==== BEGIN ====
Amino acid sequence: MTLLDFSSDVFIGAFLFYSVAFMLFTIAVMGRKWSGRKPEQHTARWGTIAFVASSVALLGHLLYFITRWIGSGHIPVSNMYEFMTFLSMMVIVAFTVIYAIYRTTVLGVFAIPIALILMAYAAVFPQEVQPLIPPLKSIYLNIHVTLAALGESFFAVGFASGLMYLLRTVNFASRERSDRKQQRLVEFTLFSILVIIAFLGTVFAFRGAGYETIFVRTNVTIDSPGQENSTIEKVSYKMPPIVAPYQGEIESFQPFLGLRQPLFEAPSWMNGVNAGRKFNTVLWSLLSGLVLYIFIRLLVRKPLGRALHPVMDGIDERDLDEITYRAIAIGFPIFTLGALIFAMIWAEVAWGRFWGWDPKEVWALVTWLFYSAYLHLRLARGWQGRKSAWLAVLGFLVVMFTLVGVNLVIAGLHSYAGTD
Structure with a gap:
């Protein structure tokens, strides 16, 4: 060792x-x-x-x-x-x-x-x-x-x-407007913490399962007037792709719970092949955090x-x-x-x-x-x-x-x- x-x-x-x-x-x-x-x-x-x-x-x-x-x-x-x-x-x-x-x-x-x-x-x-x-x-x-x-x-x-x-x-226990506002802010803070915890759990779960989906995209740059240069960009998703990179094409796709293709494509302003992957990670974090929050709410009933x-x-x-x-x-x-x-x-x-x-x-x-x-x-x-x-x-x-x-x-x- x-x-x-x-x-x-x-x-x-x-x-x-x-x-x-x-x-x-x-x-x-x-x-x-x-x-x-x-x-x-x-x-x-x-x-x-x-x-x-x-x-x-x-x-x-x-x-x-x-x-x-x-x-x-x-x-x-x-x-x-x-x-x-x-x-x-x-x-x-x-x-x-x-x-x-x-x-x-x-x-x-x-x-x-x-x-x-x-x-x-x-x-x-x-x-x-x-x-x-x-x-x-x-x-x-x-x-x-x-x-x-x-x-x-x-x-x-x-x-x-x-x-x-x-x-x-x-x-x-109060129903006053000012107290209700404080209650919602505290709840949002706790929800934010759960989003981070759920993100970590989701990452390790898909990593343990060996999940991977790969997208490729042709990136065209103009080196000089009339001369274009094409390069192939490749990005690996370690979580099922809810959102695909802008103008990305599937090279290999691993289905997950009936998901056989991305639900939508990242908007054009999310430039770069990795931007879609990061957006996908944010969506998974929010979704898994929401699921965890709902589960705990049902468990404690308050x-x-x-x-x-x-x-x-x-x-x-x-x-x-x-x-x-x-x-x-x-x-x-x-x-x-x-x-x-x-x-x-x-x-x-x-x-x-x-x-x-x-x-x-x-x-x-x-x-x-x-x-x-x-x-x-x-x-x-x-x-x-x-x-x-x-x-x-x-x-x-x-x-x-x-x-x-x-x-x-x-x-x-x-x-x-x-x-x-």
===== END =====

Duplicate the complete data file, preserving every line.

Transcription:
Amino acid sequence: MTLLDFSSDVFIGAFLFYSVAFMLFTIAVMGRKWSGRKPEQHTARWGTIAFVASSVALLGHLLYFITRWIGSGHIPVSNMYEFMTFLSMMVIVAFTVIYAIYRTTVLGVFAIPIALILMAYAAVFPQEVQPLIPPLKSIYLNIHVTLAALGESFFAVGFASGLMYLLRTVNFASRERSDRKQQRLVEFTLFSILVIIAFLGTVFAFRGAGYETIFVRTNVTIDSPGQENSTIEKVSYKMPPIVAPYQGEIESFQPFLGLRQPLFEAPSWMNGVNAGRKFNTVLWSLLSGLVLYIFIRLLVRKPLGRALHPVMDGIDERDLDEITYRAIAIGFPIFTLGALIFAMIWAEVAWGRFWGWDPKEVWALVTWLFYSAYLHLRLARGWQGRKSAWLAVLGFLVVMFTLVGVNLVIAGLHSYAGTD
Structure with a gap:
């Protein structure tokens, strides 16, 4: 060792x-x-x-x-x-x-x-x-x-x-407007913490399962007037792709719970092949955090x-x-x-x-x-x-x-x- x-x-x-x-x-x-x-x-x-x-x-x-x-x-x-x-x-x-x-x-x-x-x-x-x-x-x-x-x-x-x-x-226990506002802010803070915890759990779960989906995209740059240069960009998703990179094409796709293709494509302003992957990670974090929050709410009933x-x-x-x-x-x-x-x-x-x-x-x-x-x-x-x-x-x-x-x-x- x-x-x-x-x-x-x-x-x-x-x-x-x-x-x-x-x-x-x-x-x-x-x-x-x-x-x-x-x-x-x-x-x-x-x-x-x-x-x-x-x-x-x-x-x-x-x-x-x-x-x-x-x-x-x-x-x-x-x-x-x-x-x-x-x-x-x-x-x-x-x-x-x-x-x-x-x-x-x-x-x-x-x-x-x-x-x-x-x-x-x-x-x-x-x-x-x-x-x-x-x-x-x-x-x-x-x-x-x-x-x-x-x-x-x-x-x-x-x-x-x-x-x-x-x-x-x-x-x-109060129903006053000012107290209700404080209650919602505290709840949002706790929800934010759960989003981070759920993100970590989701990452390790898909990593343990060996999940991977790969997208490729042709990136065209103009080196000089009339001369274009094409390069192939490749990005690996370690979580099922809810959102695909802008103008990305599937090279290999691993289905997950009936998901056989991305639900939508990242908007054009999310430039770069990795931007879609990061957006996908944010969506998974929010979704898994929401699921965890709902589960705990049902468990404690308050x-x-x-x-x-x-x-x-x-x-x-x-x-x-x-x-x-x-x-x-x-x-x-x-x-x-x-x-x-x-x-x-x-x-x-x-x-x-x-x-x-x-x-x-x-x-x-x-x-x-x-x-x-x-x-x-x-x-x-x-x-x-x-x-x-x-x-x-x-x-x-x-x-x-x-x-x-x-x-x-x-x-x-x-x-x-x-x-x-």